The copy-and-paste generation: Plagiarism's many faces
lagiarism in science and research publications is widespread. It's not directly connected to the standard of a dissertation or a scientific article, but authors and institutions that are scientifically not very demanding, and prone to deliver poor work, usually take the decisive step to plagiarism faster.
Some months ago I had to rate a 50-page review paper. The authors had copied half sentences, full sentences, even complete paragraphs from references. The sentences were pasted together without fitting verbs; some new sentences came from different scientific publications and did not fit together; there were contradictions within one paragraph. What do you do with such a paper? How dare the authors submit such junk and believe they can get away with it?
Many members of the "copy-and-paste" generation seem not to be aware that plagiarism is a striking lack of scientific competence. It is not necessarily their fault; often neither their teachers nor their supervisors have introduced them to the principles and rules of scientific work and publications. Thus, they don't understand the need for accurate work and the generally accepted standards to prepare papers.
Plagiarism is a striking lack of scientific competence.
Two years ago I wrote about the plagiarism scandals all over Europe, most of them involving politicians and other people in the limelight . They mainly involved doctoral theses in countries where a doctor's title is important for the social, professional, and financial status of a person. In Germany, two government ministers were forced to step down, and in other European countries, North America, and Asia, plagiarism also took its toll.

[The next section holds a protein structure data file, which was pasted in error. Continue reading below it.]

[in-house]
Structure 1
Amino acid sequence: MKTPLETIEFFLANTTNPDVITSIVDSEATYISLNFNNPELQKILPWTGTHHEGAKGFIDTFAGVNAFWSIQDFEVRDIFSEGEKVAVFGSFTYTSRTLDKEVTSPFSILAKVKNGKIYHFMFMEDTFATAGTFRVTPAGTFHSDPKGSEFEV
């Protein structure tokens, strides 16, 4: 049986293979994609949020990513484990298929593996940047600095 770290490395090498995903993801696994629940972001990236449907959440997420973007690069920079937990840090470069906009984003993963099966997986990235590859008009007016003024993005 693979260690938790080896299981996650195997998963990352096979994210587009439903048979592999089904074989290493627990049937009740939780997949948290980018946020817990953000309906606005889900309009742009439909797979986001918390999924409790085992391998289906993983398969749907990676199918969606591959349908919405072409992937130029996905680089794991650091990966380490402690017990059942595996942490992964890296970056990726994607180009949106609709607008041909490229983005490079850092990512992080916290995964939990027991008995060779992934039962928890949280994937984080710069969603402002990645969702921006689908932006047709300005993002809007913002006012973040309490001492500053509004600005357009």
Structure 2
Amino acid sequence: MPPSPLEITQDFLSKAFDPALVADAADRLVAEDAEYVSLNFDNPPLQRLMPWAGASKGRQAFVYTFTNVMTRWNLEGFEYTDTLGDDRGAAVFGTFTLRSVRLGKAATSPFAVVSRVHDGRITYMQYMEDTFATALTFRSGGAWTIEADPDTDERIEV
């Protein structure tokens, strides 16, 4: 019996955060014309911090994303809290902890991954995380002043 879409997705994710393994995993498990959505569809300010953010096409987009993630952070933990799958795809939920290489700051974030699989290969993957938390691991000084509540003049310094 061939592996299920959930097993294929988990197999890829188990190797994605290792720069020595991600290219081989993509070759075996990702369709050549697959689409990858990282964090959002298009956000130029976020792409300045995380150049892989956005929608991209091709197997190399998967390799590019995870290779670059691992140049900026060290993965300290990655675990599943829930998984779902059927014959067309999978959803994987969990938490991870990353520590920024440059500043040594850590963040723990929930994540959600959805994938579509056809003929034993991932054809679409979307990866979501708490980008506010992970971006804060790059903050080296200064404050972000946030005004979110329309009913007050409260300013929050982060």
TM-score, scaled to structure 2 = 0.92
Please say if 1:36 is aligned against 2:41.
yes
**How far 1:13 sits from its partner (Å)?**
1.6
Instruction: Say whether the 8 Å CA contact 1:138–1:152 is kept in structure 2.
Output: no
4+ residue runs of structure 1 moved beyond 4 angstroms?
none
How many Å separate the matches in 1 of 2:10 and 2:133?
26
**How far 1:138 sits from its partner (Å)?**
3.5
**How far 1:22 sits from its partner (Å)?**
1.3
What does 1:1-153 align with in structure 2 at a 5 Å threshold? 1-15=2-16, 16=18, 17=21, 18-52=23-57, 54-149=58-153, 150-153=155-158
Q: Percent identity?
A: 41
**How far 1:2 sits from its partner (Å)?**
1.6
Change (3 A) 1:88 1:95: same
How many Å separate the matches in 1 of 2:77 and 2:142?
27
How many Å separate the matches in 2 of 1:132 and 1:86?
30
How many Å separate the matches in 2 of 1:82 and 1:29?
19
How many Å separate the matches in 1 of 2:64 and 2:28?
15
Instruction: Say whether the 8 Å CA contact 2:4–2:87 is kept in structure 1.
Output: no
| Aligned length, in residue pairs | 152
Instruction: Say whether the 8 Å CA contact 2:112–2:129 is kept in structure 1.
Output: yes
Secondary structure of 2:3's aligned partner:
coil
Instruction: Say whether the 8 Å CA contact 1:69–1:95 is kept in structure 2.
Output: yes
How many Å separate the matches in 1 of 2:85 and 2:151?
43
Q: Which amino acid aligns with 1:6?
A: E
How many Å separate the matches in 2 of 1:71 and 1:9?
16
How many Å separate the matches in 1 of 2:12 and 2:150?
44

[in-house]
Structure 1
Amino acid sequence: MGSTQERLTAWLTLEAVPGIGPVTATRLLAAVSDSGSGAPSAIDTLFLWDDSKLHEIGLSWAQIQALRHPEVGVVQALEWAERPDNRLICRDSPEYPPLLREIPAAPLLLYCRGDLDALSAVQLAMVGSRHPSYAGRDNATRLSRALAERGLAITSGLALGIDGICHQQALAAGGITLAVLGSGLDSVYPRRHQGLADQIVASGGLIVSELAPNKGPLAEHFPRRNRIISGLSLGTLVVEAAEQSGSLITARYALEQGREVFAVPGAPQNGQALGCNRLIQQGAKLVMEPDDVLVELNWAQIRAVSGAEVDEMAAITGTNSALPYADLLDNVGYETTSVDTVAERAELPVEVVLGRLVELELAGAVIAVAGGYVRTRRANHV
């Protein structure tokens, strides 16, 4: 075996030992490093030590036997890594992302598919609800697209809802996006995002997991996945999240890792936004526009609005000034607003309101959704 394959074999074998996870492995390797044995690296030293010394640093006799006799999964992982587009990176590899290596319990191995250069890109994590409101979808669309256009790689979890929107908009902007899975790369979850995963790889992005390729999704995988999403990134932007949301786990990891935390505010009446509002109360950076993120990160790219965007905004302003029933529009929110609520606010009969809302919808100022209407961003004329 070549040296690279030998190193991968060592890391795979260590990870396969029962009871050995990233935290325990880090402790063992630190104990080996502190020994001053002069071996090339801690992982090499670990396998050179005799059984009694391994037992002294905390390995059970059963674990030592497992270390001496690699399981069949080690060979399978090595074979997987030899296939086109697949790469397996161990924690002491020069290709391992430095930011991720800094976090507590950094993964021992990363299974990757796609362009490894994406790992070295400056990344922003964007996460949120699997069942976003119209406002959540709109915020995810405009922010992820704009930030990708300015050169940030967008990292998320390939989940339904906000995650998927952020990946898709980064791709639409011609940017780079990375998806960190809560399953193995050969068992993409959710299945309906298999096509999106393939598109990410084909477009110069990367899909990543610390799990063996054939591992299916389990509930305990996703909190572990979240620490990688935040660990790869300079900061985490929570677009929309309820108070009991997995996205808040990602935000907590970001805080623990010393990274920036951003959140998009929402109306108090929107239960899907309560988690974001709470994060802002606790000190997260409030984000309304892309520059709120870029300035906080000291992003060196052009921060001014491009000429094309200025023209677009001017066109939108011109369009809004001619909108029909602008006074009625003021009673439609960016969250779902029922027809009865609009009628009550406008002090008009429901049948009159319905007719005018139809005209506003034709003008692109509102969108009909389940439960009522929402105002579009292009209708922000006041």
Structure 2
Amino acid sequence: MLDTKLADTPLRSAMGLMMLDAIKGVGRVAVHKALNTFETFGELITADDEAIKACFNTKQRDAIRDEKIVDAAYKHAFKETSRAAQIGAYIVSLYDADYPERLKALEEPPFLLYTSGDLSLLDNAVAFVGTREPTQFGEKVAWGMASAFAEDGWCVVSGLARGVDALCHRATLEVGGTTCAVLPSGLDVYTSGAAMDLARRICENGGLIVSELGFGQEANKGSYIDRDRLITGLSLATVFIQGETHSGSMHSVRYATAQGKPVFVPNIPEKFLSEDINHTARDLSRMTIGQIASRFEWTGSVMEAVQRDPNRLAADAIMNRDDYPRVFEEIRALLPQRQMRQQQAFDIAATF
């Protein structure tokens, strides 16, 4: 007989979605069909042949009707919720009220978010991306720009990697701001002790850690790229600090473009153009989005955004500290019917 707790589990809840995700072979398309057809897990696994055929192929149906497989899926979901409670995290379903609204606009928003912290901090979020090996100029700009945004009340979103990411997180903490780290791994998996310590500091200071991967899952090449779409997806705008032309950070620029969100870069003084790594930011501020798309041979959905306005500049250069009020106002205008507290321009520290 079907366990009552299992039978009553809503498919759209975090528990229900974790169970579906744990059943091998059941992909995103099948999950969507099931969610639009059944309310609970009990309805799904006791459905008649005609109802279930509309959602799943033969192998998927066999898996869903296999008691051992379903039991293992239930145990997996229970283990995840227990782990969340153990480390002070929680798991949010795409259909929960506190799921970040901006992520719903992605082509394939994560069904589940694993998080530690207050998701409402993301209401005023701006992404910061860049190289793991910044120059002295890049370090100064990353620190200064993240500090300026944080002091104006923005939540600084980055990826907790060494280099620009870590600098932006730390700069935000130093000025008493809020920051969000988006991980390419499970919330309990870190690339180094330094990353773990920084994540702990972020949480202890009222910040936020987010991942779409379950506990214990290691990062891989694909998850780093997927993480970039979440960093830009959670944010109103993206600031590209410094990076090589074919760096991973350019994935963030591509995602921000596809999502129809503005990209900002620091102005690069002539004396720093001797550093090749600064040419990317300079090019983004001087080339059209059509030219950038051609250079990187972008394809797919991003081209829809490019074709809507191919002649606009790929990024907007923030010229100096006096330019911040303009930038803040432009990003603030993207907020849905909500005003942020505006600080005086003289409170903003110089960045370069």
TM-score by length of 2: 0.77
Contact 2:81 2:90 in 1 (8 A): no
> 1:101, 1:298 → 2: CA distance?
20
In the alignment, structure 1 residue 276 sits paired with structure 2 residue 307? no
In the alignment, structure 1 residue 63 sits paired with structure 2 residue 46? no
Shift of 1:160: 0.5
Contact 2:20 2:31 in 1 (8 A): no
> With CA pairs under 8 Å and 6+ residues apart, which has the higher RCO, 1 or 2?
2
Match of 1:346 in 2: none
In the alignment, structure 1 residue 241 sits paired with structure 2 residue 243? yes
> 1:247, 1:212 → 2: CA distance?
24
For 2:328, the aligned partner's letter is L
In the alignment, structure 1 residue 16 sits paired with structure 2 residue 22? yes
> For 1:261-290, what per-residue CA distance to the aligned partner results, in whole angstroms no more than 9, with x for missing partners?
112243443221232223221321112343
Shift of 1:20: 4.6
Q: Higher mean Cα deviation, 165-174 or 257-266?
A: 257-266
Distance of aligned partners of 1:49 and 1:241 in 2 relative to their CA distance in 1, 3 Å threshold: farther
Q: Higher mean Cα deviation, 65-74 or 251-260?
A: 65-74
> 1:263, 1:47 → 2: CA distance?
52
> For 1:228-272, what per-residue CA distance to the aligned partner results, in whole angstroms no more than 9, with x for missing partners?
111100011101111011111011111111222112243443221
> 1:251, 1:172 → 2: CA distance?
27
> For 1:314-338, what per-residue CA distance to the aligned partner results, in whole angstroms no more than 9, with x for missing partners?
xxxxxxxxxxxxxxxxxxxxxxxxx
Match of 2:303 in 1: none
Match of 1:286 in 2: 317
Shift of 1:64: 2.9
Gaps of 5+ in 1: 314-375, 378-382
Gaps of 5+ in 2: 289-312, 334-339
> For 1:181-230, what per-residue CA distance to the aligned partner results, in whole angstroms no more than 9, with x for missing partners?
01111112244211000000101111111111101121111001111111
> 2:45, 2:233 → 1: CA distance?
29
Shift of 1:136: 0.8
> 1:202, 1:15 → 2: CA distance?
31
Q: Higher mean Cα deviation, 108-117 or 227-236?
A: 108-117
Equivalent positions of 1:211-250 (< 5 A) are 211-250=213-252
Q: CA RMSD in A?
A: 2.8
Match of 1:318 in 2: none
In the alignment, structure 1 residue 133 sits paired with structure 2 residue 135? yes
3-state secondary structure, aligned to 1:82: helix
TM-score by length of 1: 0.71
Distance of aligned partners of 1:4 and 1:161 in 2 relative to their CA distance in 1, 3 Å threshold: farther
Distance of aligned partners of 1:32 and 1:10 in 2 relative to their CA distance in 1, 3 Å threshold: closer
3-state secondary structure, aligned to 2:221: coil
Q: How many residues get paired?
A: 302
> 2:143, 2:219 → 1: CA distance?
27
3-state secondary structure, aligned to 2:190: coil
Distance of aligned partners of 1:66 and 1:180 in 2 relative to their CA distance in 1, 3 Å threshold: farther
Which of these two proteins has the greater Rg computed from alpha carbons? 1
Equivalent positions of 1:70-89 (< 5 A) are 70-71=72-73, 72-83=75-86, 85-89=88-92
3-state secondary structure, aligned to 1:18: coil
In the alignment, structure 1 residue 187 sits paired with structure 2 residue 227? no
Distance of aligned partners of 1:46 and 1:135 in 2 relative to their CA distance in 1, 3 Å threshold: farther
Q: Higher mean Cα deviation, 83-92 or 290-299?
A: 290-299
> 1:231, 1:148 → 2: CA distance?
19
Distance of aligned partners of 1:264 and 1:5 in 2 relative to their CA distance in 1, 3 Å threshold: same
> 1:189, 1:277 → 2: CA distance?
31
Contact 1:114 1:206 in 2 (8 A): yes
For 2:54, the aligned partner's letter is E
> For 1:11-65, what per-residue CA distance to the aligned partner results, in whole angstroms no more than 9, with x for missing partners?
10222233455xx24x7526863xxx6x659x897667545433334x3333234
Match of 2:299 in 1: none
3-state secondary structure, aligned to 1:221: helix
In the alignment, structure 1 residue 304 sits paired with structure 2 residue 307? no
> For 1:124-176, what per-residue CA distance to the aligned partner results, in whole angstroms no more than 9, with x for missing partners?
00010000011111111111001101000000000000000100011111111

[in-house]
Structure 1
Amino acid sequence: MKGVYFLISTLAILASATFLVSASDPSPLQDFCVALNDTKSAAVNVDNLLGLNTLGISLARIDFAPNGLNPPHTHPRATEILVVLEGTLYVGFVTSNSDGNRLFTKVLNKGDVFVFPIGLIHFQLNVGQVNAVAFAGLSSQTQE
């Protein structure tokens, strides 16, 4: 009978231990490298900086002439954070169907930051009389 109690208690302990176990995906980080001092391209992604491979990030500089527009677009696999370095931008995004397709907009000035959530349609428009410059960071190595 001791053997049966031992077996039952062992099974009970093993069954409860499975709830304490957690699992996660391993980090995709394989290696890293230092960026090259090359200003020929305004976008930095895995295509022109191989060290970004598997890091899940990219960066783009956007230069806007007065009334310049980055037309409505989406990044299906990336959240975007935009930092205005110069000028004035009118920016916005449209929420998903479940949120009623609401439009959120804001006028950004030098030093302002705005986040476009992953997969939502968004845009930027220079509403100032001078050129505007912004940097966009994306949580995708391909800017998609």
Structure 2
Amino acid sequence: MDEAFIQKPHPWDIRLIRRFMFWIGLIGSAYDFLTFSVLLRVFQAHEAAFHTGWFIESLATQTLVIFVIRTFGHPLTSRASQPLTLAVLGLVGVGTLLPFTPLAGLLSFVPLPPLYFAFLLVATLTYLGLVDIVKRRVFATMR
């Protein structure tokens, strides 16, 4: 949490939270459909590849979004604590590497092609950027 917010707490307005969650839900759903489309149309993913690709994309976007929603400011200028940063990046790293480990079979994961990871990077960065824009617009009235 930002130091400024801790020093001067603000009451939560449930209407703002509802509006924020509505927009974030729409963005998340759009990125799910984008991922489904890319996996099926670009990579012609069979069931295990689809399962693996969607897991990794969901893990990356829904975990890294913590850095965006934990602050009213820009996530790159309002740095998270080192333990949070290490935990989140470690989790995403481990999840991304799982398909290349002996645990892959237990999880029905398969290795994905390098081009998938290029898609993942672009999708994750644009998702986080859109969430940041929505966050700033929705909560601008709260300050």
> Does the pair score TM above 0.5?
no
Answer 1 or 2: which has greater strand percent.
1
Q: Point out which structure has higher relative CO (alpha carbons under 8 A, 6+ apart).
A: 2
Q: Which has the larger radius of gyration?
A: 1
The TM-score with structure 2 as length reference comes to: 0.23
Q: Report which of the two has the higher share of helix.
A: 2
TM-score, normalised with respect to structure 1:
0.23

Plagiarism and copyright infringement are closely connected and increasing due to the ease of copy-and-paste. Plagiarism means taking someone else's work or ideas and passing them off as one's own; the crime is fraud. Copyright infringement is theft. It refers to the unauthorized use of copyrighted material. "Copy-and-paste" is the modern tool to perform these crimes.
Universities and other institutions of education are one place where this regularly occurs; the other side of the coin is the highly commercial plagiarism and copyright infringement of multinational internet companies. Pirate websites like Google Book open straight and easy access to published books and magazines without paying the authors or other copyright holders any royalties.
Children and adults are not taught any more that property is a value, including intellectual property. They don't know or understand that this is one of the concepts our societies are based upon, but ask: Is plagiarism really so bad – even criminal? Google's and Amazon's lobbyists say: No, it isn't. They and many others continue bootlegging.
What is worse: shoplifting or plagiarism ... or is it a gentleman's crime? What's the damage caused by plagiarism? This includes financial damage, but also damage to the scientific and educational system – because plagiarists are not able to produce research and results on their own.
In science, plagiarists very often also damage themselves because they are found out sooner or later; their reputations, and the reputation of their groups and departments, are tainted.
Scientists or any other authors work hard to create their results, write them down, and publish them. The process is a result of their ingenuity, talent, and stamina. Copyright exists to protect these people and to give them financial and career support.
All faces of plagiarism and copyright theft are unacceptable; what belongs to you is not mine. Strangely, though, at some point "Googlism" even meets socialism: "Plagiarism saves time and effort, improves results, and shows considerable initiative on the part of the plagiarist. As a revolutionary tool it is ideally suited to the needs of the late twentieth-century ".
1. Rinck PA. The Guttenberg snippets. Rinckside 2011; 22,3:.
2. Home S. Plagiarism – Art as commodity and strategies for its negation. Aporia Press; 1987.